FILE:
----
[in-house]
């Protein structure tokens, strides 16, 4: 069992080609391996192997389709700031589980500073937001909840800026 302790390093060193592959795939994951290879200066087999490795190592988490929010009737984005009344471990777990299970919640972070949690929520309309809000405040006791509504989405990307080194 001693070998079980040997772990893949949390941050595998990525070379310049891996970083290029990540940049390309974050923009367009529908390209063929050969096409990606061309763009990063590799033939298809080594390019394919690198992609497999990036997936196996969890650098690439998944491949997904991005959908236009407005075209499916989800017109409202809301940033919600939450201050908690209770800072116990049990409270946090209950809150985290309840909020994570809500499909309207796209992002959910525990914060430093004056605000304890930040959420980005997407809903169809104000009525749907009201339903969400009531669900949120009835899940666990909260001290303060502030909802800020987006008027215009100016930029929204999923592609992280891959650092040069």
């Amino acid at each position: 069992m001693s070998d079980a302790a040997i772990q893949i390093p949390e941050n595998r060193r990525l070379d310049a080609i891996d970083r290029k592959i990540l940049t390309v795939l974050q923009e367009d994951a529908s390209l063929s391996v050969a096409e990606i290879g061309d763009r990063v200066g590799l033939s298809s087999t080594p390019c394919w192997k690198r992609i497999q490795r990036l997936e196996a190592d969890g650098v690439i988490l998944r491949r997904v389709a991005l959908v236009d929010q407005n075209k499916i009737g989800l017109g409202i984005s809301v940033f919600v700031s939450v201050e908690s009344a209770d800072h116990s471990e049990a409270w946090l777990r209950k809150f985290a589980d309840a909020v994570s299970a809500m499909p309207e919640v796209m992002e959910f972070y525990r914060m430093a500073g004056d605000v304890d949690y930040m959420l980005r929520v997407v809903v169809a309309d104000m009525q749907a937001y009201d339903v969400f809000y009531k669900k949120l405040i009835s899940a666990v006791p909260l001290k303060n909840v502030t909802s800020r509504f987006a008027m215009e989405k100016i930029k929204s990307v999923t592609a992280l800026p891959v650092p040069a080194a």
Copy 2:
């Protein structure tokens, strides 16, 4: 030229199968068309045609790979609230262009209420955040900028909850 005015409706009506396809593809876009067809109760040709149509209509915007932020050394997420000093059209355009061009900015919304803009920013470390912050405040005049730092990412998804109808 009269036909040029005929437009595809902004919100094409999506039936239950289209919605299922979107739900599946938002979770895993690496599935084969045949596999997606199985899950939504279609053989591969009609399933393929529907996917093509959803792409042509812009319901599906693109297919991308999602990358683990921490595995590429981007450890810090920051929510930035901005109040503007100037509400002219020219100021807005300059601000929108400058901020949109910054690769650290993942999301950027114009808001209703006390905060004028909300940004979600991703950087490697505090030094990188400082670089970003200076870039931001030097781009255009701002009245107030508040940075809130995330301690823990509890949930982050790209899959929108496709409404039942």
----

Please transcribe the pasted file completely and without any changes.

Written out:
[in-house]
């Protein structure tokens, strides 16, 4: 069992080609391996192997389709700031589980500073937001909840800026 302790390093060193592959795939994951290879200066087999490795190592988490929010009737984005009344471990777990299970919640972070949690929520309309809000405040006791509504989405990307080194 001693070998079980040997772990893949949390941050595998990525070379310049891996970083290029990540940049390309974050923009367009529908390209063929050969096409990606061309763009990063590799033939298809080594390019394919690198992609497999990036997936196996969890650098690439998944491949997904991005959908236009407005075209499916989800017109409202809301940033919600939450201050908690209770800072116990049990409270946090209950809150985290309840909020994570809500499909309207796209992002959910525990914060430093004056605000304890930040959420980005997407809903169809104000009525749907009201339903969400009531669900949120009835899940666990909260001290303060502030909802800020987006008027215009100016930029929204999923592609992280891959650092040069």
């Amino acid at each position: 069992m001693s070998d079980a302790a040997i772990q893949i390093p949390e941050n595998r060193r990525l070379d310049a080609i891996d970083r290029k592959i990540l940049t390309v795939l974050q923009e367009d994951a529908s390209l063929s391996v050969a096409e990606i290879g061309d763009r990063v200066g590799l033939s298809s087999t080594p390019c394919w192997k690198r992609i497999q490795r990036l997936e196996a190592d969890g650098v690439i988490l998944r491949r997904v389709a991005l959908v236009d929010q407005n075209k499916i009737g989800l017109g409202i984005s809301v940033f919600v700031s939450v201050e908690s009344a209770d800072h116990s471990e049990a409270w946090l777990r209950k809150f985290a589980d309840a909020v994570s299970a809500m499909p309207e919640v796209m992002e959910f972070y525990r914060m430093a500073g004056d605000v304890d949690y930040m959420l980005r929520v997407v809903v169809a309309d104000m009525q749907a937001y009201d339903v969400f809000y009531k669900k949120l405040i009835s899940a666990v006791p909260l001290k303060n909840v502030t909802s800020r509504f987006a008027m215009e989405k100016i930029k929204s990307v999923t592609a992280l800026p891959v650092p040069a080194a």
Copy 2:
């Protein structure tokens, strides 16, 4: 030229199968068309045609790979609230262009209420955040900028909850 005015409706009506396809593809876009067809109760040709149509209509915007932020050394997420000093059209355009061009900015919304803009920013470390912050405040005049730092990412998804109808 009269036909040029005929437009595809902004919100094409999506039936239950289209919605299922979107739900599946938002979770895993690496599935084969045949596999997606199985899950939504279609053989591969009609399933393929529907996917093509959803792409042509812009319901599906693109297919991308999602990358683990921490595995590429981007450890810090920051929510930035901005109040503007100037509400002219020219100021807005300059601000929108400058901020949109910054690769650290993942999301950027114009808001209703006390905060004028909300940004979600991703950087490697505090030094990188400082670089970003200076870039931001030097781009255009701002009245107030508040940075809130995330301690823990509890949930982050790209899959929108496709409404039942």